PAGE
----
• United States



by IDG News Service (San Francisco Bureau)

Hackers Steal Thousands of Wyndham Credit Card Numbers

Feb 19, 20092 mins
Access ControlCybercrimeData Breach

Criminals stole tens of thousand of credit card numbers from Wyndham Hotels and Resorts after hacking into a computer

Hackers broke into a computer at Wyndham Hotels and Resorts last July and stole tens of thousands of customer credit card numbers, the hotel chain warns.

The break-in occurred at a property belonging to a Wyndham franchisee, but that computer was linked to other company systems. “That intrusion enabled a hacker to use the company server to search for customer information located at other franchised and managed property sites,” the company said in a statement disclosing the breach.

The data was then uploaded to a Web site during July and August of 2008, Wyndham said. The company estimates that 41 Wyndham hotels and resorts were affected by the breach before it was discovered by the company’s information security team in mid-September. The incident did not affect other Wyndham properties such as Days Inn, Ramada or Super 8.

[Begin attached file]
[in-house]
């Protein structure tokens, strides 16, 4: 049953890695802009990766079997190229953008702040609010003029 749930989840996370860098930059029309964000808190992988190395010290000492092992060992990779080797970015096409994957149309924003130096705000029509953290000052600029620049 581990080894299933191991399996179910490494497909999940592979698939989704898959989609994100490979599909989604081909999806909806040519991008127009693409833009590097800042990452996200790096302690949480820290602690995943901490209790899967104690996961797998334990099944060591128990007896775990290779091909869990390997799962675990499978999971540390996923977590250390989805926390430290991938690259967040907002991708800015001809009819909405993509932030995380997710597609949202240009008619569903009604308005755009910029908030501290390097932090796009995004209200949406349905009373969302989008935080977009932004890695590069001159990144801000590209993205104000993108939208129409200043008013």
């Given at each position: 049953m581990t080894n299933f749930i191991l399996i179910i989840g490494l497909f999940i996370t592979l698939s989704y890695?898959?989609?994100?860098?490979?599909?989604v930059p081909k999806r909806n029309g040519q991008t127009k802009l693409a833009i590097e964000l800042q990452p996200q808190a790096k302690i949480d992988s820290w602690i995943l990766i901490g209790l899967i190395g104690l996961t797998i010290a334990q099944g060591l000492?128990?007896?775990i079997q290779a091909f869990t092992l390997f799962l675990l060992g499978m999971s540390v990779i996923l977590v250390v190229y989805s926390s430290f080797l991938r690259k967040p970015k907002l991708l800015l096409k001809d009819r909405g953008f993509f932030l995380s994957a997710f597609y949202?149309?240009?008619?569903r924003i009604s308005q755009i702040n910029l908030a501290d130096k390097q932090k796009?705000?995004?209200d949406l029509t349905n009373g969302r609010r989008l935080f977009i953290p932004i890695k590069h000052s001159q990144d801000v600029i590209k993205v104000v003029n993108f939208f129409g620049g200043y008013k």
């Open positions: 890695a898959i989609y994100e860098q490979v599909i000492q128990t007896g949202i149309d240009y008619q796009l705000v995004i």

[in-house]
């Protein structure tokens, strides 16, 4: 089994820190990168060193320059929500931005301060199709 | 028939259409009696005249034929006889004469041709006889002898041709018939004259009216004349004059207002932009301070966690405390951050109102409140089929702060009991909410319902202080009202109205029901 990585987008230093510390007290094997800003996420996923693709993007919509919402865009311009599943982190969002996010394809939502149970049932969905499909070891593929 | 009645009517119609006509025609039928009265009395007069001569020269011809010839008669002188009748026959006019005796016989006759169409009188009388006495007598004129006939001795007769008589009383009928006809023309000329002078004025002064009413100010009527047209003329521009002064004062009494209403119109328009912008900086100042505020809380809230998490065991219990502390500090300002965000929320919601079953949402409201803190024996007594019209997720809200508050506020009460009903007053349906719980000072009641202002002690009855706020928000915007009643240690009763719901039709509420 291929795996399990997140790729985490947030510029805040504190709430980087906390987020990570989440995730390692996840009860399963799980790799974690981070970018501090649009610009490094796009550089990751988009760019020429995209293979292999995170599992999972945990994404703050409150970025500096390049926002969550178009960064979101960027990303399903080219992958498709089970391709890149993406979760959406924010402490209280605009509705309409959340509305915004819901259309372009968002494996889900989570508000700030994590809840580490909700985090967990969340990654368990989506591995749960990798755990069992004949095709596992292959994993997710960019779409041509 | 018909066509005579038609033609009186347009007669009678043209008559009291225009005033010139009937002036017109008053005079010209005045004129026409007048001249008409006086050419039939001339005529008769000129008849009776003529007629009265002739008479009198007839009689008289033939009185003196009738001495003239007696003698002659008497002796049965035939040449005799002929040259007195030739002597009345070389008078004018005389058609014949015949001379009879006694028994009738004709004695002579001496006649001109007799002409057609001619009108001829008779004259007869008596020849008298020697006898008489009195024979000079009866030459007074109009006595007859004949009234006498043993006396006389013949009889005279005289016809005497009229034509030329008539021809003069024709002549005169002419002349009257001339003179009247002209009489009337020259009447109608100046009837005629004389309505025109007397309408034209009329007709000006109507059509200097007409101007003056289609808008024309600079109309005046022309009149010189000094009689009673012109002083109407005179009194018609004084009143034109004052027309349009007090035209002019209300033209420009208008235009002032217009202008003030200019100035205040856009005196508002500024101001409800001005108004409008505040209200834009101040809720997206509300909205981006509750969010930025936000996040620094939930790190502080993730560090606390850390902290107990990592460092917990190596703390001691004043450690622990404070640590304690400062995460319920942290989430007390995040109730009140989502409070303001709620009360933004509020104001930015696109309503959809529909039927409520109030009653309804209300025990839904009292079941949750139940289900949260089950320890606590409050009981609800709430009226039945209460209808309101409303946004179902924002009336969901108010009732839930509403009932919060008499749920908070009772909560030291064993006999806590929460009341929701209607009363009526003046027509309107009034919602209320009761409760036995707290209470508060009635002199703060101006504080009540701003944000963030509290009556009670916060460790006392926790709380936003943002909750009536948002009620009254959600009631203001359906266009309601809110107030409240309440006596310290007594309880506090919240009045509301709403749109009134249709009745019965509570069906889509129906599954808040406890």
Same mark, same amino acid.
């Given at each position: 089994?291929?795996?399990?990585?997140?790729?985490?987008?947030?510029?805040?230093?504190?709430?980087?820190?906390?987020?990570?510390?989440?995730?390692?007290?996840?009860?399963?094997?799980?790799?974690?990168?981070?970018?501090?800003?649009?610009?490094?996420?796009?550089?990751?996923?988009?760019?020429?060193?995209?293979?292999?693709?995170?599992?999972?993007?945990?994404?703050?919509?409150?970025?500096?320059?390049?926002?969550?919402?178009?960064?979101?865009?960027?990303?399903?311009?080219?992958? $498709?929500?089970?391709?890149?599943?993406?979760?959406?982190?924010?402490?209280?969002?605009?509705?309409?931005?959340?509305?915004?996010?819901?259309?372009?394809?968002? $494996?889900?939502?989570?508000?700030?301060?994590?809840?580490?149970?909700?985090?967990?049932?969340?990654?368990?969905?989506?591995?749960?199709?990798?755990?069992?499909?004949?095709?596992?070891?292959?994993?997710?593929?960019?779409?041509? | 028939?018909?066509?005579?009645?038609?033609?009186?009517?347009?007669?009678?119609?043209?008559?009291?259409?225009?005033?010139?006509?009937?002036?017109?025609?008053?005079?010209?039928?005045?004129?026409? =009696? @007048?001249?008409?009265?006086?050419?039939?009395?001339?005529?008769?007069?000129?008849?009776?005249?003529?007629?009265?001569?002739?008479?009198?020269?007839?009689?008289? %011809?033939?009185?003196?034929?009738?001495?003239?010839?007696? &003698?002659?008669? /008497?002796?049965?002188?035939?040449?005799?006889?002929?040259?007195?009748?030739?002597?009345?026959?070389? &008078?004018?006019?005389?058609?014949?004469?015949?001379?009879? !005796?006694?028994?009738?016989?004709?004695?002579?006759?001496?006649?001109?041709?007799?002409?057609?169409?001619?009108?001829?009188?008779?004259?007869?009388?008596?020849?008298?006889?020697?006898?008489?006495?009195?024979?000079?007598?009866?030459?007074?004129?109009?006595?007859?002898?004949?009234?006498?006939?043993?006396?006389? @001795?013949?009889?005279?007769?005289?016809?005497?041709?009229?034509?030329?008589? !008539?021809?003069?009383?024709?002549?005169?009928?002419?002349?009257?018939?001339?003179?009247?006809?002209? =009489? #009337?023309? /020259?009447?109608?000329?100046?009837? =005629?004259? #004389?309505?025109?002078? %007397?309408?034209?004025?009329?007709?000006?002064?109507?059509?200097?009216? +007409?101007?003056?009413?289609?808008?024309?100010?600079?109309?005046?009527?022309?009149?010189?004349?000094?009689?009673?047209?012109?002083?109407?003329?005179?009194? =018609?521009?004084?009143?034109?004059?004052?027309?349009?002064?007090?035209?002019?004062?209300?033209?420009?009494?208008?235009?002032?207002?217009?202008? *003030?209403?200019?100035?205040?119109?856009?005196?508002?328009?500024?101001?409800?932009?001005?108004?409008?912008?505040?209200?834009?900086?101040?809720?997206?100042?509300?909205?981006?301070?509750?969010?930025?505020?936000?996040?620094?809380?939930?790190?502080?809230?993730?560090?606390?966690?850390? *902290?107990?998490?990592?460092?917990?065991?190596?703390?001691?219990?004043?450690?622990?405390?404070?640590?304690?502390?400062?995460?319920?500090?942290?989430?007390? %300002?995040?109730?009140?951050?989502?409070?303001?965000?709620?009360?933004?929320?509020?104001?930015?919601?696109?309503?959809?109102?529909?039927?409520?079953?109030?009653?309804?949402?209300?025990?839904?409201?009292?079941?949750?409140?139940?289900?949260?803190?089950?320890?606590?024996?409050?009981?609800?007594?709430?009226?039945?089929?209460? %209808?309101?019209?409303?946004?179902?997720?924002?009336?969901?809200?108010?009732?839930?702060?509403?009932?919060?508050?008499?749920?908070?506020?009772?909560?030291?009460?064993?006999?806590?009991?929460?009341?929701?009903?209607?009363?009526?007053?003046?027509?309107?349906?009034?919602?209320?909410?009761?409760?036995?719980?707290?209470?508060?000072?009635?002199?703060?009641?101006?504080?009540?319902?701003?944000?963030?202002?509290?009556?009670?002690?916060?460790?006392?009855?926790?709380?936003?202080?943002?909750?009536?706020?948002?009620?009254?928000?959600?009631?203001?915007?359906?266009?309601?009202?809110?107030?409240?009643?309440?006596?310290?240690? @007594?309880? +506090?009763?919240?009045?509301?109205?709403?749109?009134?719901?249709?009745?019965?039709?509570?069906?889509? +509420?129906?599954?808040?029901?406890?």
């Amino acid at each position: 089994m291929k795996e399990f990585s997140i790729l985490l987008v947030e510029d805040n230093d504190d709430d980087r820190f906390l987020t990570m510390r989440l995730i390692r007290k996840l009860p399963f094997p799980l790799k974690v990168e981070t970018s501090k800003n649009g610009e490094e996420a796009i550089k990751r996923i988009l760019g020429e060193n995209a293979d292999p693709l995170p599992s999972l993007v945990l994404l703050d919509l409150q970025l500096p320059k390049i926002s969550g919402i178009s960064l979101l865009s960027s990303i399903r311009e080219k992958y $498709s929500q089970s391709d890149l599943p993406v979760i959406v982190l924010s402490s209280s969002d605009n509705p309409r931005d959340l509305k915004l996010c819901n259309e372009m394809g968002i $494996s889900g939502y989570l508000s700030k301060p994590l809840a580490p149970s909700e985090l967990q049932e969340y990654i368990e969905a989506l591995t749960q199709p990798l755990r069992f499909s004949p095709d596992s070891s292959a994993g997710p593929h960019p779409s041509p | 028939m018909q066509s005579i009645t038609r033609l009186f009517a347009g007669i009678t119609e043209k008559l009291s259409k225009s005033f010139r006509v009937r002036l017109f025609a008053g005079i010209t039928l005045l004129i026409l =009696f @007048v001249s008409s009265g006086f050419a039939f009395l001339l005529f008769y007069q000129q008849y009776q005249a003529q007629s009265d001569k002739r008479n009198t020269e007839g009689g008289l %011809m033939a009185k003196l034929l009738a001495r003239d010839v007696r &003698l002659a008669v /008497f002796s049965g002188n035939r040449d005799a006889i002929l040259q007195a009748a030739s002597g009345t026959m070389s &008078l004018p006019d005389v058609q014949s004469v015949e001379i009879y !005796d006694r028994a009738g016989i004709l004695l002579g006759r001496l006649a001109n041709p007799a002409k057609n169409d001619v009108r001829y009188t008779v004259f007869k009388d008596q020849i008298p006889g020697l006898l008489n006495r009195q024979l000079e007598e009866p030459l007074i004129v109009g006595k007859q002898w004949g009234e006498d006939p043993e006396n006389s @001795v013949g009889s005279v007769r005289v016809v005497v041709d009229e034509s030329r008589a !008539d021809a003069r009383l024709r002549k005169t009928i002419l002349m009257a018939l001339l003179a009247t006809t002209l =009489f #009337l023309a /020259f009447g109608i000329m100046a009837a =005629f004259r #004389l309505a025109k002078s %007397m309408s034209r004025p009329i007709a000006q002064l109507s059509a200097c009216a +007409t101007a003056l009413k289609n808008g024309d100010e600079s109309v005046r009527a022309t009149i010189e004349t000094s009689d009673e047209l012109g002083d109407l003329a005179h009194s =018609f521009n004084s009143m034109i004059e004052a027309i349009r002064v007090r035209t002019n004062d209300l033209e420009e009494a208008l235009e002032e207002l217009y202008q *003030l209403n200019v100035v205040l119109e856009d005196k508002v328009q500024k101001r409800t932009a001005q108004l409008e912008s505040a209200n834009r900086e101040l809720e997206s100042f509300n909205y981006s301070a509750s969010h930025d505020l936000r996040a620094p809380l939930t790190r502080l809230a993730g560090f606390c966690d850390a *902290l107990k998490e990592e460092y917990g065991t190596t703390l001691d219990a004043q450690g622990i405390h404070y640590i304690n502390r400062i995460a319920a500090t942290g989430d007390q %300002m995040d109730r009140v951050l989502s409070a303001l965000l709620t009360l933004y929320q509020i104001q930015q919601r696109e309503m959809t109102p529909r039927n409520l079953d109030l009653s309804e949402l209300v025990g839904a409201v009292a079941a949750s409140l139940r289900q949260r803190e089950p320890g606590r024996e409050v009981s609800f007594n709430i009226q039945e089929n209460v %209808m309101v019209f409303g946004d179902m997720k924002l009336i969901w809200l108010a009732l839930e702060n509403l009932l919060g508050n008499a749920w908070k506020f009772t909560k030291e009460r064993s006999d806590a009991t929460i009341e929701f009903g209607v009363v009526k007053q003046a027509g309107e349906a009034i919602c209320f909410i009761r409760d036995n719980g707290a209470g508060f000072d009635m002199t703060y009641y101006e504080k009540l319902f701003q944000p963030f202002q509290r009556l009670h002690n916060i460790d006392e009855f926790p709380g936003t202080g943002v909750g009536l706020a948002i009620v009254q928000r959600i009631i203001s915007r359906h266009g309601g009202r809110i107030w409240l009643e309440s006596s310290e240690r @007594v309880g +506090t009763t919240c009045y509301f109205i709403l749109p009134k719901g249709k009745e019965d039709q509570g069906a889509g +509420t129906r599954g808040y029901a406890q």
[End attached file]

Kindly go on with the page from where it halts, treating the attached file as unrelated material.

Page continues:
Wyndham has not said how many guests were affected by the theft, but it may have affected as many as 21,000 customers in Florida according to that state’s attorney general. Wyndham’s representatives did not return calls seeking comment on the breach.

The criminals were able to get guest names, credit card numbers and expiration dates as well as data from the card’s magnetic stripe, Wyndham said.

That magnetic stripe information, sometimes called a card verification value (CVV) code, is critical if the thieves want to make fake credit cards, according to Avivah Litan, an analyst with Gartner Research.

“That’s the hot information,” she said. “You can sell that information for much more on the black market.” CVV codes were also taken in the high-profile Heartland Payment Systems and The TJX Companies credit card thefts.

When fraud is perpetrated using fake cards that include the CVV codes, the banks are responsible for the charges; when the fraudsters have only the card numbers and expiration dates — the information used in online transactions for example — then the retailer is responsible for the charges. “The banking industry is all up in arms whenever bank stripe data is stolen,” Litan said.

After an eight-week investigation, Wyndham notified the U.S. Secret Service, which investigates financial crimes, as well as credit card companies. Customers were made aware of the breach in December. Last week, it posted more details on the incident to its Web site.